BD Architect of the Year 2019

Tara has been shortlisted for the prestigious BD Architect of the Year 2019: Female Architectural Leader of the Year!!!

We’re super excited, and wait with bated breath for the winner to be announced in May 2019!

(keep your fingers crossed for us!)

The other phenomenal women on the list are:

Female Architectural Leader of the Year

·         Sue Emms, BDP

·         Tara Gbolade, Gbolade Design Studio

·         Shireen Hamdan, Populous

·         Madeleine Kessler, Haptic Architects

·         Joan McCoy, White Ink Architects

·         Sadie Morgan, dRMM Architects

·         Rita Ochoa, AFL Architects

·         Valeria Segovia Tigueros, Gensler

Full BD Architect of the Year Awards 2019 List here:

https://awards.bdonline.co.uk/the-2019-shortlist/

The Railway, Luton

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Gbolade Design Studio have been engaged to design an exciting residential-led scheme which will see the demolition of an existing car garage site replaced with 3no. part4-part5 storey buildings to accommodate just over 100no. units. The scheme will also have some commercial units available on the ground floor.

 

While a residential development, the scheme looks to engage it’s residents by creating amble social spaces for community interaction and building strong social links within the buildings on site. The proposal features ample shared garden spaces, sitting lounges and locally-run cafes. The scheme accommodates a mix of 1Bed, 2Bed, and 3Bed units to appeal to a range of user types.

 

 

Scope: New Build

Location: Luton

Type: Residential

Services: Feasibility to Planning

(featured image: St George’s Square, Luton)

Architects Journal Feauture

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Gbolade Design studio have been featured in the Architects Journal!

Full article below or here

Where have you come from? 
We are both architects with different expertise. Tara specialised in the residential and education sectors having worked for large companies like Mace Group, and running and growing the London office of RG+P. Seun, who acts in an advisory capacity, took a different route, delving into his passion for property development by working with some of the largest developers in London including Berkeley Group.

The studio is a unique partnership between design creativity and commercial acumen, with an entrepreneurial spirit and a collaborative approach. We deeply care about the homes we design and build because they ultimately change lives.

Why did you start the practice?
To create architecture and developments that matter to us. Through our guiding principles of social, economic, and environmental sustainability, we believe well-considered architecture and products have the power to change and enhance people’s lives in profound ways. We therefore seek to create experiences – through buildings, places, and products – that enrich, empower, and connect communities.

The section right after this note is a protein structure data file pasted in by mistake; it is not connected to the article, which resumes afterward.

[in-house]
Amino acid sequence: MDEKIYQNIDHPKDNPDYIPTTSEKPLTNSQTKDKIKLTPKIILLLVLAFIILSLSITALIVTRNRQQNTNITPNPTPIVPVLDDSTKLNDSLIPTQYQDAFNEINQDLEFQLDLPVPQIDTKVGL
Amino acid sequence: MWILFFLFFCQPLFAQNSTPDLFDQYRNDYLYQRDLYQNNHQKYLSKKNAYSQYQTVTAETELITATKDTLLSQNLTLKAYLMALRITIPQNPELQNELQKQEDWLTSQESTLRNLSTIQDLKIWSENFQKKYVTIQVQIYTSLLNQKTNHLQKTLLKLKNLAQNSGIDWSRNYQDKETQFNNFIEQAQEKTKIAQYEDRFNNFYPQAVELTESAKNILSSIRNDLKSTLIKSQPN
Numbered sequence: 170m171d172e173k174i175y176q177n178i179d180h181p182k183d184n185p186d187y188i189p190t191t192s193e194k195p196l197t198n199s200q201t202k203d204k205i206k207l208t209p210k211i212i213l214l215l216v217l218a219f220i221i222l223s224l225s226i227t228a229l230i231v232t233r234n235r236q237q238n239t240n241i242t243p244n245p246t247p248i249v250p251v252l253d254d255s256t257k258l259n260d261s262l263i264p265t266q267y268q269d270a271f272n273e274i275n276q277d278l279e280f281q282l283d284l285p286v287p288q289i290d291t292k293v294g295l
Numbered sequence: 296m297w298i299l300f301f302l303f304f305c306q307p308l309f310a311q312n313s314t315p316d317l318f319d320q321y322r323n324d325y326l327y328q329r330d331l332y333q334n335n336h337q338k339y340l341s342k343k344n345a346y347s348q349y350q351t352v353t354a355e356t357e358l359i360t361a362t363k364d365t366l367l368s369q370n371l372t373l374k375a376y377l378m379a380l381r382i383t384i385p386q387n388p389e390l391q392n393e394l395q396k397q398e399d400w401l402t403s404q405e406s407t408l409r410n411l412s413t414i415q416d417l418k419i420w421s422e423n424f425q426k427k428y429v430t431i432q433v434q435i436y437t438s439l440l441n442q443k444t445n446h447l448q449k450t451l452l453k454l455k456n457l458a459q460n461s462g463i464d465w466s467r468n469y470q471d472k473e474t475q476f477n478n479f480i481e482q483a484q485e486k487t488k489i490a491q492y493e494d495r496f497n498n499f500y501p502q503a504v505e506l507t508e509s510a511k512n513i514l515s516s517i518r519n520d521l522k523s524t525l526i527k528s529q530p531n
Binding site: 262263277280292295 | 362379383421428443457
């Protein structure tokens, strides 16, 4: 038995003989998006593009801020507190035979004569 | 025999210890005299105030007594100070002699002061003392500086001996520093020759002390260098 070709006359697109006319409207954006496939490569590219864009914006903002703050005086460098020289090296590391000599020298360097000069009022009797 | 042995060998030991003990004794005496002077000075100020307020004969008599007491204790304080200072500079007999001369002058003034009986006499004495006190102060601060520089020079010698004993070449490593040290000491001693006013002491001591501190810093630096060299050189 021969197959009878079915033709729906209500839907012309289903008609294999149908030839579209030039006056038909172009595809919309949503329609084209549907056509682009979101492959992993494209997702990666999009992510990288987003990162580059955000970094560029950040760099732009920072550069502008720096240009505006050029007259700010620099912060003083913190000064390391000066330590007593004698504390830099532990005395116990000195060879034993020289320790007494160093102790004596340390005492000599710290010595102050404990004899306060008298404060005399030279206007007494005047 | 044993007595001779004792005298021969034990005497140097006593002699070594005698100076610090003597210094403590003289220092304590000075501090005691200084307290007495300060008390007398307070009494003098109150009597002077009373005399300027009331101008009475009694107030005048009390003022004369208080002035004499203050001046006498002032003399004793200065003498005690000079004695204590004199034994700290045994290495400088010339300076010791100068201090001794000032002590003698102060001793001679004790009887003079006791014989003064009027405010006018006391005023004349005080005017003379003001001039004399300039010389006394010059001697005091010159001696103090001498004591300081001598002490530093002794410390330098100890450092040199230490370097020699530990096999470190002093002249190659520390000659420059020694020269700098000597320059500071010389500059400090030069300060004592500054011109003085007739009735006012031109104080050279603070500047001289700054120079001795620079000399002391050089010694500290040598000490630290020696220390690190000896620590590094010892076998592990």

What work do you have and what kind of projects are you looking for? 
We are architects, app developers, and budding developers; we believe in being archipreneural in our approach.

Architecturally, we specialise in the residential sector, with a focus on place-making; our current workload includes an affordable housing development for Brighton and Hove Council, a 100-unit residential and commercial scheme for a private developer in London, and a community centre in London.

We believe in being archipreneural

We’ve launched MyPart3 Appwhich is an iOS app designed to give architecture students high-level information on how to run a project and how to run a practice. It features a resources section which includes podcasts, design standards and industry events.

As budding developers, we’ve undertaken our own R&D project: rHome. This product uses modular construction to create standard homes that can be customised by the end user to reflect their needs. These are being designed to Passivhaus standards in a BIM environment.

What are your ambitions? 
We’d like to develop into an innovative medium-sized practice recognised for sustainable design and developments – in its broader sense: economic, commercial, social, and environmental sustainability.

What are the biggest challenges you face as a start-up? 
The traditional role of the architect – generating new work  – is passive and uncertain, and we have a real ambition to build our practice on entrepreneurism and agility. Having graduated in the 2008/2009 recession, and now with the uncertainty and opportunity of Brexit on the horizon, we made a commitment to diversify and use the full spectrum of our skills as architects to continually challenge the status quo of what it means to run a successful practice.

As architects, being entrepreneurial affords us adaptability, therefore becoming more resilient to changing societal norms and economics. It allows us, and we believe the broader profession, to better thrive in the profession, the industry, and generally, in life. It also keeps daily practice far more exciting.

Which scheme, completed in the last five years, has inspired you most?
King’s Cross’ urban regeneration is a favourite because of the way it retains and responds to the history of the existing buildings, negotiates the public realm, and creates community.

How are you marketing yourselves?
We’ve recently brought in a marketing specialist to help us focus on developing our profile within the industry and to our clients and end-users.